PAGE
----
Home Bagua Zhang
简体中文French (Fr)English (United Kingdom)

Bagua Zhang

There are no translations available.

Introduction to Baguazhang

Baguazhang is one of the internal styles, one of China’s excellent systems of traditional martial arts, and as such holds an important place in the martial world. Originally called Turning Palms, and only later called Eight Trigrams Palms (Baguazhang), it has also been called Swimming Body Linked Baguazhang, and Eight Trigram Turning Palms. It was created and developed in Beijing, by Dong Haichuan, a native of Anzhujiawu village in Hebei province, during the Qing dynasty. He arrived in Beijing around 1866, and once he started teaching in the imperial palace, Baguazhang quickly became popular in the Beijing / Tianjin area. It gradually spread across the country, and as it spread, the technical and theoretical system also quickly developed and improved.
Baguazhang uses circle walking as its foundational training, and its techniques emphasize horizontal and vertical crossing, and changing techniques while walking. Applications emphasize changing to follow opportunities, and constant adjustment to whatever situation presents. Its theory is based on the Book of Changes – hard and soft mutually contend, the eight trigrams mutually oscillate. It uses the principal of movements that never rest, changes that never stop. It is called Eight Trigrams Palm because it is based on the theory of the Book of Changes and it characteristically uses palm techniques.
While walking around the circle there are four main requirements. These are walk, look, sit, and roll. Looking at Baguazhang’s movement, it is described by the traditional four shapes and four images: “shape like a swimming dragon, regard like a monkey on guard, sit like a tiger crouching, turn like an eagle soaring in circles”, or “shape like a dragon, image like a monkey, sit like a tiger, wheel like an eagle.” Its movement characteristics are: the torso is solid and the footwork is agile, each position continues on from the other, the stepping is level and steady, the turning out and turning in steps are clear, vertical and horizontal movement alternates, it is coordinated and rounded, the power is deep and stable, hard and soft alternate, the spirit connects throughout. There are certain requirements for the form of the body and the hands: the head presses up and the neck is upright, the lower back is erect and the buttocks are tucked in, the chest is contained and the abdomen is firm, the hips are held in and the crotch is raised. There are 'three empties' and four 'hangs'. The three empties are: the palms contain space, the 'palms' of the feet contain space, and the chest contains space. The four hangs are: The elbows settle down to the shoulders, the shoulders settle down to the waist, the waist settles down into the hip joints, the hip joints settle down to the knees, the knees settle to the feet. The upper and lower sections of the body are fully connected, the body is traversed by qi, and the body is stable and balanced.

The requirements for the footwork in Baguazhang are very strict. The feet must lift and lower flatly and stably, the turning out and turning in steps must be clear, empty and substantial must be clearly distinguished, the stepping must be like wading in mud, the torso is like it is sitting in a sedan, the foot must advance rubbing the shin, the inside foot must advance straight and the outside foot must turn in, the knees must hold together, the hips must roll inwards to collect the knees, the groin must be concealed and the buttocks must tuck in.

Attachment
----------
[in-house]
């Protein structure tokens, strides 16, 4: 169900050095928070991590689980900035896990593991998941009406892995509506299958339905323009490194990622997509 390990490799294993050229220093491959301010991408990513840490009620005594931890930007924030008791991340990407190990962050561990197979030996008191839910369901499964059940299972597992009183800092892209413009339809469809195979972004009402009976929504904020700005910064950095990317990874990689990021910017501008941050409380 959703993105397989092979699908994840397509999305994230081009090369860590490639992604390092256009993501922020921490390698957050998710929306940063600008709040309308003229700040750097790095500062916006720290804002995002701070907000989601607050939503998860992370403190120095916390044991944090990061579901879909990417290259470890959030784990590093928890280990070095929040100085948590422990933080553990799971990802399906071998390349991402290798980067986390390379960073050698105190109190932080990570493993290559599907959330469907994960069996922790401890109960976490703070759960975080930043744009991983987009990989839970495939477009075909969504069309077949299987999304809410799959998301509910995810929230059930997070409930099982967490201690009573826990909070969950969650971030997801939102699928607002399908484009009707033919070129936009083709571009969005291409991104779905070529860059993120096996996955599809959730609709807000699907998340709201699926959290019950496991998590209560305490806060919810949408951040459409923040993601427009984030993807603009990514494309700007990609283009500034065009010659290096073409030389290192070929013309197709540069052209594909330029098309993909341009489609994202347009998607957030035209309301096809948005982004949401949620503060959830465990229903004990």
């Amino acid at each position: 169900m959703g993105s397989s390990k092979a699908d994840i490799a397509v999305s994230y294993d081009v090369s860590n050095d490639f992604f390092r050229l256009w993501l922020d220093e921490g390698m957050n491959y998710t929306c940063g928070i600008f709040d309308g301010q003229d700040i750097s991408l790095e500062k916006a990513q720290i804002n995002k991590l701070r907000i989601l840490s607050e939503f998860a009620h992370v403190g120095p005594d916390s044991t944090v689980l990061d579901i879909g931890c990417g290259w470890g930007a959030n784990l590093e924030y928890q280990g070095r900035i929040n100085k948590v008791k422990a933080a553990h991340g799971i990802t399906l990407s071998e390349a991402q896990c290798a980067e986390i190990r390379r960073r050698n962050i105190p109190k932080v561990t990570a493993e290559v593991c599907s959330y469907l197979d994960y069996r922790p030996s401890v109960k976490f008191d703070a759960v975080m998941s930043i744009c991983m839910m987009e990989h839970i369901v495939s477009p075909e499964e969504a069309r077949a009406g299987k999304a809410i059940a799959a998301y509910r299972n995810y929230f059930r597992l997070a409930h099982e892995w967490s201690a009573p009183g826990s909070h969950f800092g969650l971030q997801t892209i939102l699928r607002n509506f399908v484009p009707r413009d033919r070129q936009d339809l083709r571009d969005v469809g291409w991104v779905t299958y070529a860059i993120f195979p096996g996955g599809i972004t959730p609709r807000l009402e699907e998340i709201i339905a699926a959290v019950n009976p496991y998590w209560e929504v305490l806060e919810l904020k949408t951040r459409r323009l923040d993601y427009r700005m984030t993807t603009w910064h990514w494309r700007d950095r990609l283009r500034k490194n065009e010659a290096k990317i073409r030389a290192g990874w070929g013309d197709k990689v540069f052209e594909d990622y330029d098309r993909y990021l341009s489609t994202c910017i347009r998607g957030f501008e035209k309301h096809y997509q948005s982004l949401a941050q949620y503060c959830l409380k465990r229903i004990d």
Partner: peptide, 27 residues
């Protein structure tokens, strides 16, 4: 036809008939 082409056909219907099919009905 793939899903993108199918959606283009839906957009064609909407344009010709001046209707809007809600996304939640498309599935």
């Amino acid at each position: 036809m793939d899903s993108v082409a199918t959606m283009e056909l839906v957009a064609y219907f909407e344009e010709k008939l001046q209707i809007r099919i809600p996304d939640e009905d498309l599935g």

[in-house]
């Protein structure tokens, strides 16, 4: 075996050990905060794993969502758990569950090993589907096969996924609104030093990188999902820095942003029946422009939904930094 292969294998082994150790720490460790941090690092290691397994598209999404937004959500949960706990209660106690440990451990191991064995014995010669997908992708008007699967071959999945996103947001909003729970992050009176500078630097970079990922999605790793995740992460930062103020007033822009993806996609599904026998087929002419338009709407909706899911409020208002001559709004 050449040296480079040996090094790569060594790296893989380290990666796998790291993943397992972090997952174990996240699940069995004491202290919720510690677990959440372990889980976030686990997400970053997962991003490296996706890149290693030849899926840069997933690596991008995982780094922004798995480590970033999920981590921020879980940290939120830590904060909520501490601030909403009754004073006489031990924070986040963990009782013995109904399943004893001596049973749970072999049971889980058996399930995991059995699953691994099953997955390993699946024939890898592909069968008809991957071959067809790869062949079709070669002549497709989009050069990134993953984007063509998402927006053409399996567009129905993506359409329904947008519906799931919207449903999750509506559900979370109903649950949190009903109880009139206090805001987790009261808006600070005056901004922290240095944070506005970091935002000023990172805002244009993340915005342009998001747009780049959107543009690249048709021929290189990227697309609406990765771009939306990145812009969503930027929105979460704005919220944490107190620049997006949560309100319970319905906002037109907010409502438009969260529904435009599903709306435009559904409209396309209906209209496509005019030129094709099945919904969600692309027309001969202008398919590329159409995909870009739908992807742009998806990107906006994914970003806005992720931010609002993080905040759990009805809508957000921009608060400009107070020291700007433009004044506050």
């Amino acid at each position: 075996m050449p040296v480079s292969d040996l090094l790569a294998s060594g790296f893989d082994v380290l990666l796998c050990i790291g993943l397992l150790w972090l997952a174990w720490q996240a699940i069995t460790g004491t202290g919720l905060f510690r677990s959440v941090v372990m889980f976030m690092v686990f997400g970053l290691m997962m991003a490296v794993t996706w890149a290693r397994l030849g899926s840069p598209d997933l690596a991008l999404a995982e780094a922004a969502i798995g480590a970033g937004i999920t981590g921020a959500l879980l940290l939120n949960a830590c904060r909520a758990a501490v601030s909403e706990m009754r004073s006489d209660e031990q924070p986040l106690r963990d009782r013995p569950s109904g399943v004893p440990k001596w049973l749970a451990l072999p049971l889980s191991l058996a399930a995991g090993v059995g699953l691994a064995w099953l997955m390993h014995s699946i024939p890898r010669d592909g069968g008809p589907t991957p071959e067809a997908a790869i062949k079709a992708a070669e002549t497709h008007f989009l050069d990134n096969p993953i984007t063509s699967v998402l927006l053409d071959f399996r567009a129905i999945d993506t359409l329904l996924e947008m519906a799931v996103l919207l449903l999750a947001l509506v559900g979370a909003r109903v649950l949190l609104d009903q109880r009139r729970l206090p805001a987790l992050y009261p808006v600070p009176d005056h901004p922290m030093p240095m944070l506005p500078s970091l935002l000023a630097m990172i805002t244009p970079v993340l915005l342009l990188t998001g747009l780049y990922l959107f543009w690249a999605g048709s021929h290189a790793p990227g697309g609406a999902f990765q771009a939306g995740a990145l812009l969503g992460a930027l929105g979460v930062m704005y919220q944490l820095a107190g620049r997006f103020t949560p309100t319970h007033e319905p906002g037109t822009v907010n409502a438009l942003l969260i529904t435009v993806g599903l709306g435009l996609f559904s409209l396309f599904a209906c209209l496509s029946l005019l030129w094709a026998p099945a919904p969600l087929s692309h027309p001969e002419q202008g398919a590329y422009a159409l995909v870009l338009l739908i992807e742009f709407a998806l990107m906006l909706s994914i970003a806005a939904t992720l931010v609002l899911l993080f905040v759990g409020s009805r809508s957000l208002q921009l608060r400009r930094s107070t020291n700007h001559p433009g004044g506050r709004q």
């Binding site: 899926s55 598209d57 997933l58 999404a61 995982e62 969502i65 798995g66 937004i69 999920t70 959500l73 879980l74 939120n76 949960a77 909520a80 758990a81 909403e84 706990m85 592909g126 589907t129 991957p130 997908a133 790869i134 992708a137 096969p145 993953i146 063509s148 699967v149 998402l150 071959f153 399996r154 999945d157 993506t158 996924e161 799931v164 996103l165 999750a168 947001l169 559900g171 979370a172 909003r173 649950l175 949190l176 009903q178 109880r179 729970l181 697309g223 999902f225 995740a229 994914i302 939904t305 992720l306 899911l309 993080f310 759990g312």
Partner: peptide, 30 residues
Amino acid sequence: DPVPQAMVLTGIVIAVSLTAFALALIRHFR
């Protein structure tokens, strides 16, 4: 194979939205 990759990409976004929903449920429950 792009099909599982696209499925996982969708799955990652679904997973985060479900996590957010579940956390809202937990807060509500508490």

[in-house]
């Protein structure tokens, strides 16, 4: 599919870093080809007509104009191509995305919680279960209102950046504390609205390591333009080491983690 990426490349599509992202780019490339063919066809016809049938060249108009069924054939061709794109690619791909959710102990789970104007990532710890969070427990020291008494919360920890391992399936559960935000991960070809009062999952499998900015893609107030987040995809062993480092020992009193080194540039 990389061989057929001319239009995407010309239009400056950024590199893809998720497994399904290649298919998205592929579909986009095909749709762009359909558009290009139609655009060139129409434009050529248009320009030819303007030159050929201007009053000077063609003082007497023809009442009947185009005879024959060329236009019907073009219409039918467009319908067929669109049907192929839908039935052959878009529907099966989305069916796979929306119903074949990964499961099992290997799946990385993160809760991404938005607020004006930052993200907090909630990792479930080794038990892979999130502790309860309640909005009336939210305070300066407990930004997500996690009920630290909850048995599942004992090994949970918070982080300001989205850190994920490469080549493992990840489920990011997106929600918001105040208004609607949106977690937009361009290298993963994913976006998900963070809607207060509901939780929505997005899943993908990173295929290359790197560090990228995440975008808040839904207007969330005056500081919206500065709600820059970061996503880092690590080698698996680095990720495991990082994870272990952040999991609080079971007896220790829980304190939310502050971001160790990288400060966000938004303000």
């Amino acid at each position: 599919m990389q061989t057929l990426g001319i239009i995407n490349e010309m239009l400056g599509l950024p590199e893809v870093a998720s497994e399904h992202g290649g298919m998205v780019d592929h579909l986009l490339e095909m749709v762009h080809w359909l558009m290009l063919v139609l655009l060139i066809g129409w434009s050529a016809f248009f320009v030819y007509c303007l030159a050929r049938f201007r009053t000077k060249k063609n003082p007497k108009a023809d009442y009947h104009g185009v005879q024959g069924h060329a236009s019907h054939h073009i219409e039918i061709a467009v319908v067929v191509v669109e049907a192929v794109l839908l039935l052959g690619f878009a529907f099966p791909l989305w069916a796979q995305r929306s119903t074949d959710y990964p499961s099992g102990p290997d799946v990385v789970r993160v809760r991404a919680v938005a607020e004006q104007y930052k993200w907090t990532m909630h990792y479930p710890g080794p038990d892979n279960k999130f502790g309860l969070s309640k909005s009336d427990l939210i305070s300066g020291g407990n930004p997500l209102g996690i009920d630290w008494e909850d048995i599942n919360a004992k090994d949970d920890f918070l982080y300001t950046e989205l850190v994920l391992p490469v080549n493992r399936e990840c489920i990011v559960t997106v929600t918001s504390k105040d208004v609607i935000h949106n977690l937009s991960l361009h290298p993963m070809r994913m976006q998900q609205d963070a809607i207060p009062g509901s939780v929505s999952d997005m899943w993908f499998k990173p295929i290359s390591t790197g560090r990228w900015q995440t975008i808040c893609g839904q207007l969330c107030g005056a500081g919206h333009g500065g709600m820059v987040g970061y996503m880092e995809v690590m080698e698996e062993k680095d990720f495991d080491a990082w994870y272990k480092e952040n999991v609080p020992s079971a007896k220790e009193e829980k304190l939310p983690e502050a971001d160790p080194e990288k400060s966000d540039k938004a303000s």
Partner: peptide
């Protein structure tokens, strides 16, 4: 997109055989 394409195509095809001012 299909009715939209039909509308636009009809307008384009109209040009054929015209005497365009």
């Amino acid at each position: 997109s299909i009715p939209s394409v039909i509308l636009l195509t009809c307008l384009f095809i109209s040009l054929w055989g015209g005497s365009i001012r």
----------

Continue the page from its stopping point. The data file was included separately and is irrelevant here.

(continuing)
The basic requirements for the body shape are: release the shoulders and hang the elbows, enclose the chest and stretch open the upper back, keep the chest unobstructed and solidify the abdomen, keep the lower back upright and tuck in the buttocks, roll the hips inward and keep the knees closed, settle the qi to the dantian. The requirements for the hands are: separate all five fingers slightly, round the thumb/index finger web, empty the palm centre, sit the wrist slightly. When using a fist it must be tightly clenched. When using grabbing it must be applied with qi. When moving, Baguazhang shows the characteristics of twisting, rotating, wheeling, and turning, alternating vertical and horizontal actions, movement and power continues without a break, the palms go where the feet lead, stepping and changing happen together, all movement is natural, and the spirit is like a rainbow.
The requirements for hand techniques are: push, lift, draw, lead, displace, hook in, chop, and enter. The characteristics of power and strength are: twist, wrap, screw, wheel, roll drill, contend, rotate without pause, and create opposing forces.  Requirements for the body techniques are: rise and lower, use face up and prone actions, rotate and twist, flex and gather, expand and release, use the waist as the central pivot. The feet move with the body, the hands move as the body walks, the whole body is fully connected.

Here are some are sayings from within the traditional teachings:  "Straighten the neck and lift the head, tuck in the buttocks and close the anus; Relax the shoulders and sink the elbows, solidify the abdomen and have an unobstructed chest; Roll and screw, contend and wrap, create opposing forces; Have a dragon shape and a monkey manner, crouch like a tiger and wheel like an eagle; Twist and rotate, walk and turn, drive the foot and scrape the shin; Bend the legs and walk as if through mud, keep the centre of the feet hollow; Lift flat and land hooked, connect to the length and breadth; The waist is like an axle, the hands turn like wheels; Fingers are open and palm concave, the arms swing with the shoulders level; Stand like a mountain, move like flowing water; Be like fire above and water below, water is heavy and fire is light; Intention is like an army pennant or signal lantern; The abdomen is the root of the energy, the breath moves like clouds; When the mind is active it creates intelligence and energy moves to the hundred cavities; Open expansively and close tightly, movement and stillness are part of a continuous circle; Combine and concentrate the spirit, energy, intention and strength; The truth of baguazhang is found in the above." (from Jiang Rongqiao, Baguazhang)